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The general rule of thumb in marketing circles is that when utilizing web forms, optimization requires their shortening. Indeed, this is a logical conclusion in that, generally speaking, people will be perturbed by a long list of questions. The golden rule is usually five fields or less, but of course, depending on exactly what you are selling, that may be impossible. Long web forms are necessary for a host of services and products, so reducing your form to five fields or fewer is just not an option for many businesses. If you are stuck with your long-form, how do you go about maximizing conversion rates, then? These simple steps will reveal exactly how.

Context is key

Yes, it's true, people will nearly always prefer shorter forms. However, there is research to suggest that shortening forms do not always improve conversion rates, contrary to popular belief. This is because there are certain questions that people expect they will need to answer in relation to a product or service. For example, if you are looking for car insurance, you expect and are therefore willing to answer a question regarding where your car is parked overnight. Simply shortening the form does not even begin to tackle the issue at hand.

Don't remove questions people want to answer

Let us again consider the question of where your car is parked overnight in the context of buying car insurance. Many people will be able to answer that the car is parked in a private garage, driveway, or quiet residential street, and would then expect this information to reflect well upon their insurance quote. If this question is not asked, then it appears that the form is unfairly weighted against them. Of course, this does not satisfy everybody, but it is only used to illustrate a point. Simply making a form shorter does not delve into the heart of the issue. People do not want to answer what they perceive to be pointless questions: there are other questions that they expect and are more than willing to answer.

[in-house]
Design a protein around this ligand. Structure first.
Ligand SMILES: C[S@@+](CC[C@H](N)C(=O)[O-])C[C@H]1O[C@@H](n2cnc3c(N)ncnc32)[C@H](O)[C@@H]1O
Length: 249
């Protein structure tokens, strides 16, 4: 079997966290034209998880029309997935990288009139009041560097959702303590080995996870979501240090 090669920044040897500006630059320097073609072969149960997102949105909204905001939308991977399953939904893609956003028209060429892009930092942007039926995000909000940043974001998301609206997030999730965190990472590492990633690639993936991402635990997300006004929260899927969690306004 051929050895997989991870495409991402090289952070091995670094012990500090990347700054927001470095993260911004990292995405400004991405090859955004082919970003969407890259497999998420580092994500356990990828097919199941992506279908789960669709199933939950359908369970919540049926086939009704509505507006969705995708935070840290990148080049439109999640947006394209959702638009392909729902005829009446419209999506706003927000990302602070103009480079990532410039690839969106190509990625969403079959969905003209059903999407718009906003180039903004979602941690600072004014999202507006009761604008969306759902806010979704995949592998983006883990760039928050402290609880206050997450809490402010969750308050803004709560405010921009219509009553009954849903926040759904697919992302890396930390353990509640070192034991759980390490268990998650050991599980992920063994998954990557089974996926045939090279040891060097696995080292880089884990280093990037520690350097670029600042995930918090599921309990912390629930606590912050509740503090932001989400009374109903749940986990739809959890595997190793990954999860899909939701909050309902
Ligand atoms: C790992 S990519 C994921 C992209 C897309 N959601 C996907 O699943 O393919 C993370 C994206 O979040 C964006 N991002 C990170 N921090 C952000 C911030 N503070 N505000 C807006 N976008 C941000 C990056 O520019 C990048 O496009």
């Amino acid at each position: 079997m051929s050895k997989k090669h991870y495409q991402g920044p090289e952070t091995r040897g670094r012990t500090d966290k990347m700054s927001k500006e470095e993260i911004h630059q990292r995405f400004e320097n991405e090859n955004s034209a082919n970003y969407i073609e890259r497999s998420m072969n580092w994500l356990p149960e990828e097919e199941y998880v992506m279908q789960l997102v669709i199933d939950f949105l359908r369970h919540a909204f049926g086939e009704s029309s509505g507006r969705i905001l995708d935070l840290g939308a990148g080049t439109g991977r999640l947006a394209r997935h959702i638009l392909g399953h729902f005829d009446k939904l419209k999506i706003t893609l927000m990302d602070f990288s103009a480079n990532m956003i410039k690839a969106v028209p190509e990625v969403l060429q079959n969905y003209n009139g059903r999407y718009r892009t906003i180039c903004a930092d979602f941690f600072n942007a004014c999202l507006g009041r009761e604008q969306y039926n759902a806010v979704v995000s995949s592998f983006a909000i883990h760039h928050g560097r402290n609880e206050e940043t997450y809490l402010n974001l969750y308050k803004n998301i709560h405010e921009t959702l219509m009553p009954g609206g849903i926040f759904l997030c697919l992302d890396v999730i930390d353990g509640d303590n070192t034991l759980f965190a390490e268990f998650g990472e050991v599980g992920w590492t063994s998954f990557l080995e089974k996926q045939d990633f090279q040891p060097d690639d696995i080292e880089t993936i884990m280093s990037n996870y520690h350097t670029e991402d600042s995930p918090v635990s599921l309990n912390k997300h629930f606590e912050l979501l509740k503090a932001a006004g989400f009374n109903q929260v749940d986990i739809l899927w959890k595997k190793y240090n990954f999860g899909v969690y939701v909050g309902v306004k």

Use a multi-step model

Sticking with car insurance, because our expectation is that with this particular activity, we need to complete a good number of questions, this process can be made much less painful by the introduction of steps, which break down the number of questions into more easily digestible bitesize portions. The design of such models is also key, as there are various case studies that point to the fact that the layout and form design also contribute to conversion rates.

Progress Steps
Progress Step Indicator

Formatting is a significant consideration. Poor formatting raises friction, and that is where customers are lost. An intelligently formatted long form, broken into tolerable steps with no pointless questions can be just as effective as a short form.

When using this model, group questions logically, and this means logically by which means they must be answered. Where possible, use a save option too so users can return at a later stage and not be required to complete any information a second time. Always be careful to not duplicate questions either. This is a factor in consumer service calls that frequently drives people crazy when they are passed on to another person who then proceeds to ask the same questions.

Don't reveal the length

This is a bit of a cheat, but can be effective nonetheless. Don't display all your questions in one go. It's not rocket science, but once someone has started, they will be loathed to give up, as long as they think they are almost there.

Long forms which are given as a series of individual questions can work as long as a number of motivating messages are given, along the lines of 'nearly there!' and 'just a couple more!' Just be careful, though, as one question too many means you have pushed your luck too far, and the conversion is gone.

So, it seems length is far from the only consideration when it comes to optimizing your web forms. Converting is far more about context, relevance, expectation, and formatting than anything else.

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